One factor in Windows 10 2003's business-ready status is that relatively few corporate customers will install the feature upgrade because of its limited (18-month) support lifecycle.

Aug. 11, 2020 ... Take #2

Microsoft starts to automatically upgrade Windows 10 Home and Windows 10 Pro PCs running version 1903 to the latest, version 2003, which debuted in April.

When Microsoft announced the "Download and install now" option in 2019, it reserved the right to upgrade Windows 10 PCs when they are "at, or within several months of reaching, end of service." Windows 10 1903 falls off the support list Dec. 8, 2020, or 16 weeks from this date.

Oct. 1, 2020

Microsoft starts delivery of Windows 10 2009, aka "October 2020 Update," between now and the end of October.

As with last year's 1909, the service pack style of this fall "upgrade" means that it will be a rerun of the spring's 2003, along with bug fixes since that version's launch. Because it will contain little if anything truly new – a handful of minor features – it may be available earlier in the month than later.

Also like last year's fall refresh, 2009 will be what most mid- and large-sized organizations adopt – assuming they don't skip it and run 1909 for nearly two years – because of the 30-month support lifecycle (Windows 10 Enterprise and Windows 10 Education only).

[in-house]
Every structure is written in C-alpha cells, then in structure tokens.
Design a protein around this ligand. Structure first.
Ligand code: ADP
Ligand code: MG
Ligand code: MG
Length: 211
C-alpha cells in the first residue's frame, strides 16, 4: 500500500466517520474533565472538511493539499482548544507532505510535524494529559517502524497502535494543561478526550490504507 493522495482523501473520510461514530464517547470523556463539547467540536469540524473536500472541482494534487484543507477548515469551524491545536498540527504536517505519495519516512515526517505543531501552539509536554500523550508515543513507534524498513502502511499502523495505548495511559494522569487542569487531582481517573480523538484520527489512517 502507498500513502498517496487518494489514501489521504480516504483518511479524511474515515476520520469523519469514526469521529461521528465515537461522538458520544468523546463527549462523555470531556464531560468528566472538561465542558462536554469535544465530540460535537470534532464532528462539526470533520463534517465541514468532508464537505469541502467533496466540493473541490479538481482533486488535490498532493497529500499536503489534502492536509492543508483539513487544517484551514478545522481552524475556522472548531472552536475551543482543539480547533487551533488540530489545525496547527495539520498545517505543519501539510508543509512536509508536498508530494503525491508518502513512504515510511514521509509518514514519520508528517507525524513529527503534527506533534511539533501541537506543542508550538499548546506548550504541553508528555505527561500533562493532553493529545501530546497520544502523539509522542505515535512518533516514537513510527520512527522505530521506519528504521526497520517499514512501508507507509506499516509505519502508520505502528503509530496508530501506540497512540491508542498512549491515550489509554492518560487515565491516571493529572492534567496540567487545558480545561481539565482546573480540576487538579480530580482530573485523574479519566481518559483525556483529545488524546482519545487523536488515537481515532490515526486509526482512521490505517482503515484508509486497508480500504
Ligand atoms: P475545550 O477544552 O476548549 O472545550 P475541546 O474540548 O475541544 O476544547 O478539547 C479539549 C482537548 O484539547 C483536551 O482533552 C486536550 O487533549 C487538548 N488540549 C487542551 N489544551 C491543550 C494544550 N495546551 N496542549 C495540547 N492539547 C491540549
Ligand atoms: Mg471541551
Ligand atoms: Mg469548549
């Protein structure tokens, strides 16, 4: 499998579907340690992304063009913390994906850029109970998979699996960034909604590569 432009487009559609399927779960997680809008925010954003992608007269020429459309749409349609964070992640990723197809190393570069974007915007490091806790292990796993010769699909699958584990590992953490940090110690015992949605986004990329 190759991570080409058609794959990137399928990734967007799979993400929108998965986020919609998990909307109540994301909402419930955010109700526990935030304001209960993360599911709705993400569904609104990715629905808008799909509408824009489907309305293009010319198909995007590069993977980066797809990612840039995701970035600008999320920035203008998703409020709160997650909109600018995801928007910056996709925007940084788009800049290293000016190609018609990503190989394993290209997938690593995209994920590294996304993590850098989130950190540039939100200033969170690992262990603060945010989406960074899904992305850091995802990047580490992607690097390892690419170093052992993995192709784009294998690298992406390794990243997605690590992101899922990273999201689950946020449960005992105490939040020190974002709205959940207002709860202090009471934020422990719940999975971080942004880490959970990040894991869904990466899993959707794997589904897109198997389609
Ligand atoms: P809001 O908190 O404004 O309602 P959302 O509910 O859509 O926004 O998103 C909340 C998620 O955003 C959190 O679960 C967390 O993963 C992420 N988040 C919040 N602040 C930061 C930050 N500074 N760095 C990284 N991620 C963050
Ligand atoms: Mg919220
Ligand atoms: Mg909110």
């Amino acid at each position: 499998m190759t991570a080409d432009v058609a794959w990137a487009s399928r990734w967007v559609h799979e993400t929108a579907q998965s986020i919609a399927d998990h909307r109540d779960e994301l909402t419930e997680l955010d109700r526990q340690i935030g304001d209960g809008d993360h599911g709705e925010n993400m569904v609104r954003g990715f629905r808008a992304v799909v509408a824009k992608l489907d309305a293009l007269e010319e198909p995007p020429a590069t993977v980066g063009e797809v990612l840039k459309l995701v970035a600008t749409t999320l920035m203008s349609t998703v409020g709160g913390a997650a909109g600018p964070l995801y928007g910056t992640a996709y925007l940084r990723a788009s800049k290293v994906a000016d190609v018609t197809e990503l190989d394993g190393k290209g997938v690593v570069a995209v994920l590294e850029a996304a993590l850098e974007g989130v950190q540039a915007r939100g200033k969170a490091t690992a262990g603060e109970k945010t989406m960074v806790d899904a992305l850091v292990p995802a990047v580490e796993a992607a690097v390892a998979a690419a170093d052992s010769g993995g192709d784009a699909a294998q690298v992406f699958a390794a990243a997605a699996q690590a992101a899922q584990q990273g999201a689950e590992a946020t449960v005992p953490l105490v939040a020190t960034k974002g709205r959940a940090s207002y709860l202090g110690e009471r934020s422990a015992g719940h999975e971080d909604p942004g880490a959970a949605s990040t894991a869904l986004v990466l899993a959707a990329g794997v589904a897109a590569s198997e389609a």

oct 13 2020 IDG/Gregg Keizer

Oct. 13, 2020

"Mainstream" support ends for Windows 10 Enterprise 2015 LTSB (Long-term Servicing Branch), the static build Microsoft offers customers who can't - or won't - adopt the more-releases-less-support model that underpins Windows-as-a-service.

Although this original LTSB (a second was released in August 2016 and a third debuted in November 2018) has five more years of "Extended" support coming to it, this date ends some support offerings, such as feature change requests and non-security bug fixes. For more information on what's included in mainstream and extended support, refer to this support document.

Nov. 10, 2020

Microsoft hands out the last updates to Windows 10 Enterprise 1803 and Education 1803, calling it quits for support that stretched a bit more than 30 months.

dec 2020 new IDG/Gregg Keizer

Dec. 8, 2020

Microsoft purges all forms of Windows 10 1903 – Home, Pro, Pro Workstation, Enterprise and Education – from the support roster on this date.

Unlike the fall feature upgrades, which are maintained for 30 months for Enterprise and Education customers, those released in the spring – marked yy03 – come with 18 months of support for all editions.

Dec. 1, 2020

Somewhere around this date, Microsoft will inform businesses that Windows 10 2009 -- the service pack issued two months ago -- is ready to deploy throughout their environments. This message, for it will be just that, posted with nary an announcement except for a brief line from the Windows Update Twitter account, will appear on the Windows release health dashboard.